clock menu more-arrow no yes mobile

Filed under:

Canadiens vs. Islanders: Game preview, start time, Tale of the Tape, and how to watch

The Islanders present a challenge for a Habs team still finding its game.

NHL: DEC 03 Islanders at Canadiens Photo by David Kirouac/Icon Sportswire via Getty Images

Montreal Canadiens vs. New York Islanders

How to watch

Start time: 7:00 PM EDT / 4:00 PM PDT
In the Canadiens region: TSN2 (English), RDS (French)
In the Islanders region: MSG+
Streaming: ESPN+, NHL Live, RDS Direct, TSN Direct

The Canadiens looked much more like they had during the playoff run on Tuesday versus the Detroit Red Wings. Sure, those Red Wings were missing two of their top forwards, but some of the basic elements of the Habs’ play — the defensive positioning, transition strategies, even working the puck to dangerous areas on the attack — were present for one of the few times this season.

We’d seen similar things from the Habs in their previous game versus Detroit, on the road in San Jose, and in a match with the New York Rangers at the beginning of the year. The team has generally looked discombobulated through the majority of their 11 games so far, so it’s simultaneously refreshing and aggravating to watch them play like they did on Tuesday night, knowing they could have been doing that all along.

Instead of lamenting their play in the past, we can only hope they’ll show more of this complete-team play going forward, whether you’re the type of fan looking for them to turn things around, or just hoping to be entertained the rest of the way.

Those in the latter group could get their wish tonight, because Montreal is hosting a New York Islanders team that ranks in the bottom third of the league in shots allowed per game and gets slightly fewer of their own on net than Montreal has to this point. In fact, it’s a team very similar to Detroit in nearly all metrics.

Tale of the Tape

Canadiens Statistics Islanders
Canadiens Statistics Islanders
3-8-0 Record 3-2-2
49.6% (18th) Scoring-chances-for % 43.1% (31st)
2.00 (30th) Goals per game 2.43 (24th)
3.09 (21st) Goals against per game 2.43 (6th)
10.8% (29th) PP% 20.0% (16th)
66.7% (30th) PK% 85.0% (11th)
2-0-0 H2H Record (19-20) 0-2-0

No team has played fewer games this year than the Islanders, but even when looking at point percentages they rank sixth in the Metropolitan Division, taking 57% of the points available to them with a 3-2-2 record. It’s going to be difficult for them to claim a playoff spot in what has proven to be the best grouping in the league from top to bottom though the first three weeks, so the wild-card positions could be their best hope.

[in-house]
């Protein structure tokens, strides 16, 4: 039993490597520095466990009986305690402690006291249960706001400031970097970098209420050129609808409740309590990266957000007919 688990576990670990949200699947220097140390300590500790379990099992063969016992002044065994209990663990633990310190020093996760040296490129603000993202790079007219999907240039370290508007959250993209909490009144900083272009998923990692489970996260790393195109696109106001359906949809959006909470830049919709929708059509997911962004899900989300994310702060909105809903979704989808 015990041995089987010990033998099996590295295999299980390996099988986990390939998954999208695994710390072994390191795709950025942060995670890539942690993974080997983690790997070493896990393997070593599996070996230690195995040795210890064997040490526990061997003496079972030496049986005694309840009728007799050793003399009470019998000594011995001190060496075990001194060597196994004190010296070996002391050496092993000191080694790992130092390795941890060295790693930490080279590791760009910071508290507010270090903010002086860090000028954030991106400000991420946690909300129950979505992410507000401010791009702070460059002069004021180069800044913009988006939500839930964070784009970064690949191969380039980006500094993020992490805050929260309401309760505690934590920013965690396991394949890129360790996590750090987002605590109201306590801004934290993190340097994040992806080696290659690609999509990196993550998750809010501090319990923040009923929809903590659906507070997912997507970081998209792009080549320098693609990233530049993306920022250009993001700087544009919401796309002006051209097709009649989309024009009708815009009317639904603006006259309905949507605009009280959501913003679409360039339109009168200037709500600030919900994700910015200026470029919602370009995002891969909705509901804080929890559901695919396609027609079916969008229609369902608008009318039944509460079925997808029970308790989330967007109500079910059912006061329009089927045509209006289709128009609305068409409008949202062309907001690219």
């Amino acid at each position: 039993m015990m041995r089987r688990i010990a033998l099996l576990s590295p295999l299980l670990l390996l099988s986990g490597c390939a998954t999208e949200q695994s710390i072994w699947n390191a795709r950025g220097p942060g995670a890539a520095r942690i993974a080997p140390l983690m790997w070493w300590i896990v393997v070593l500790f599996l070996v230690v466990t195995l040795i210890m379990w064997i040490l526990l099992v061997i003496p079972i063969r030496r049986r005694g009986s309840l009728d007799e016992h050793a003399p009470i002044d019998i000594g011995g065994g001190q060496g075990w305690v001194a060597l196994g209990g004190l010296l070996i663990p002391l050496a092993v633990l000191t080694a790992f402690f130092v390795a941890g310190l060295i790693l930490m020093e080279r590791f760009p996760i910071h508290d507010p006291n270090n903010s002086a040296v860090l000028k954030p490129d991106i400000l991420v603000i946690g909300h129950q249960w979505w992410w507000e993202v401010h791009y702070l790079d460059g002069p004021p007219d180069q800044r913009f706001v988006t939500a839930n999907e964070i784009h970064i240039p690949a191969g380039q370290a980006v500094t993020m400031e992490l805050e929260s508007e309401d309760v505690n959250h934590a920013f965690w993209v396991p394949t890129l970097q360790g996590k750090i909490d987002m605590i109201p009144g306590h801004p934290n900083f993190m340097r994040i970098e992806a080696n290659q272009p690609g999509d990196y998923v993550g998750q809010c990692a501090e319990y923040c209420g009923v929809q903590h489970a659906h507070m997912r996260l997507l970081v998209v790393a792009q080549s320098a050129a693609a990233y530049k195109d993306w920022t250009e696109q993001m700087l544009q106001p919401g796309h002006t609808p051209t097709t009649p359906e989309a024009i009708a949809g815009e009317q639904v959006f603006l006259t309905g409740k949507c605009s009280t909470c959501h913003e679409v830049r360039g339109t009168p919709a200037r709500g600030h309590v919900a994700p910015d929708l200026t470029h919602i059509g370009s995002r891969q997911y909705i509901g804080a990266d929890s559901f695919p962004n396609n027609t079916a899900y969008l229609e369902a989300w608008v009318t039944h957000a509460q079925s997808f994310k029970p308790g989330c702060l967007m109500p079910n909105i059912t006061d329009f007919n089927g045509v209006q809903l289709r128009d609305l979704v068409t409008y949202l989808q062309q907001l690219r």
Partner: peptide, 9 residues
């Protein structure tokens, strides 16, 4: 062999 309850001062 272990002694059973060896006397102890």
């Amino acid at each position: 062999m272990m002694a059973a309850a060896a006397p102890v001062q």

Like the Canadiens, they’re not having much luck scoring goals, despite a middle-of-the-pack power play. They average 2.43 per game, and that’s not going to keep them on par with Carolina, Washington, Pittsbugh, and Philadelphia in the Metro.

The answer has usually been to become one of the stingiest defensive teams in the league, and Ilya Sorokin is doing his best to keep that identity. The goaltender has a .931 save percentage after playing evey minute of the season so far, and while that is only seven starts, he ranks eighth in the league is saves. Semyon Varlamov is healthy once again after starting the season on injured reserve, but there has been no reason to take his tandem mate out of the crease just yet. Maybe a game versus the NHL’s 30th-ranked team is the perfect chance to give Sorokin some rest, but we’ll see what the plan is for the netminders later today.

There’s no question who will be between the pipes for Montreal. After getting awarded the Molson Cup for the month of October, Jake Allen responded on Tuesday with his second shutout in his last four starts, and is going to play every game that’s not part of a back-to-back until Carey Price is back in the picture (the regular starter will be exiting the NHL Assistance Program on Saturday). Allen hasn’t done a perfect job in relief, but his .914 save percentage has been more than enough to keep the team afloat.

At five-on-five, Allen’s save percentage (.931) is actually better than Sorokin’s (.928), and only bettered by 16 other goalies to play at least three games. The biggest culprit for the Canadiens’ horrific start has been the penalty kill, responsible for nearly half of their goals against. Whether they can be disciplined enough to prevent the likes of Josh Bailey, Brock Nelson, Oliver Wahlstrom, and Anthony Beauvillier from adding to their power-play points totals could be the deciding factor in tonight’s matchup.